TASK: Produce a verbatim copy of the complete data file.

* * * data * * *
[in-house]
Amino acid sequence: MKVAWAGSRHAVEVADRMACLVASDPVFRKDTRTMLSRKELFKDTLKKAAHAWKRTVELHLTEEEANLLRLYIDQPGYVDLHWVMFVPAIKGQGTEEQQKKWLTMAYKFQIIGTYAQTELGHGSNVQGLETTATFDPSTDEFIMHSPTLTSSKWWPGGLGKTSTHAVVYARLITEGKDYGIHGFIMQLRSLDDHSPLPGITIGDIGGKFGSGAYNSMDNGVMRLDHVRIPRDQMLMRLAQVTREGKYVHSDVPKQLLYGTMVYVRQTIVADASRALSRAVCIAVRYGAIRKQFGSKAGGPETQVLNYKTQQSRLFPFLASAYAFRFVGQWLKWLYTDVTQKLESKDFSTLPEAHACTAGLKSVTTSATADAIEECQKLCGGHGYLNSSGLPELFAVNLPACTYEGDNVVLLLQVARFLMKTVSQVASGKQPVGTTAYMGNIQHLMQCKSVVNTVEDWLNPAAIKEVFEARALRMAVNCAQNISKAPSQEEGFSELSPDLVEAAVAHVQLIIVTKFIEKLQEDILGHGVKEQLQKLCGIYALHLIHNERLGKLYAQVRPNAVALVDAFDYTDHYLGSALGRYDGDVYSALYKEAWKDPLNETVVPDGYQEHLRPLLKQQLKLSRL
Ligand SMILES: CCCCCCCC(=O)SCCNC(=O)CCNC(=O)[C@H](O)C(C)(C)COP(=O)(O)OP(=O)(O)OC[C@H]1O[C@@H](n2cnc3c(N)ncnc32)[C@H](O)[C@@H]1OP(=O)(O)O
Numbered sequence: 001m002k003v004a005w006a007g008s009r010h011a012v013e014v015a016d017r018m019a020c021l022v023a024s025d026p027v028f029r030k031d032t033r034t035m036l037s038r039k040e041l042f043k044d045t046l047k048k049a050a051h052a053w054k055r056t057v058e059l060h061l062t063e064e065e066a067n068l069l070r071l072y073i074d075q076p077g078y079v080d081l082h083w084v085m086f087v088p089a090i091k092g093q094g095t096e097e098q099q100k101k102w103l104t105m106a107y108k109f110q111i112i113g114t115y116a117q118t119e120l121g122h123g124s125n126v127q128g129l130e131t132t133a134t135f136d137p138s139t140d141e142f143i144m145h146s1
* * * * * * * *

[in-house]
Amino acid sequence: MKVAWAGSRHAVEVADRMACLVASDPVFRKDTRTMLSRKELFKDTLKKAAHAWKRTVELHLTEEEANLLRLYIDQPGYVDLHWVMFVPAIKGQGTEEQQKKWLTMAYKFQIIGTYAQTELGHGSNVQGLETTATFDPSTDEFIMHSPTLTSSKWWPGGLGKTSTHAVVYARLITEGKDYGIHGFIMQLRSLDDHSPLPGITIGDIGGKFGSGAYNSMDNGVMRLDHVRIPRDQMLMRLAQVTREGKYVHSDVPKQLLYGTMVYVRQTIVADASRALSRAVCIAVRYGAIRKQFGSKAGGPETQVLNYKTQQSRLFPFLASAYAFRFVGQWLKWLYTDVTQKLESKDFSTLPEAHACTAGLKSVTTSATADAIEECQKLCGGHGYLNSSGLPELFAVNLPACTYEGDNVVLLLQVARFLMKTVSQVASGKQPVGTTAYMGNIQHLMQCKSVVNTVEDWLNPAAIKEVFEARALRMAVNCAQNISKAPSQEEGFSELSPDLVEAAVAHVQLIIVTKFIEKLQEDILGHGVKEQLQKLCGIYALHLIHNERLGKLYAQVRPNAVALVDAFDYTDHYLGSALGRYDGDVYSALYKEAWKDPLNETVVPDGYQEHLRPLLKQQLKLSRL
Ligand SMILES: CCCCCCCC(=O)SCCNC(=O)CCNC(=O)[C@H](O)C(C)(C)COP(=O)(O)OP(=O)(O)OC[C@H]1O[C@@H](n2cnc3c(N)ncnc32)[C@H](O)[C@@H]1OP(=O)(O)O
Numbered sequence: 001m002k003v004a005w006a007g008s009r010h011a012v013e014v015a016d017r018m019a020c021l022v023a024s025d026p027v028f029r030k031d032t033r034t035m036l037s038r039k040e041l042f043k044d045t046l047k048k049a050a051h052a053w054k055r056t057v058e059l060h061l062t063e064e065e066a067n068l069l070r071l072y073i074d075q076p077g078y079v080d081l082h083w084v085m086f087v088p089a090i091k092g093q094g095t096e097e098q099q100k101k102w103l104t105m106a107y108k109f110q111i112i113g114t115y116a117q118t119e120l121g122h123g124s125n126v127q128g129l130e131t132t133a134t135f136d137p138s139t140d141e142f143i144m145h146s1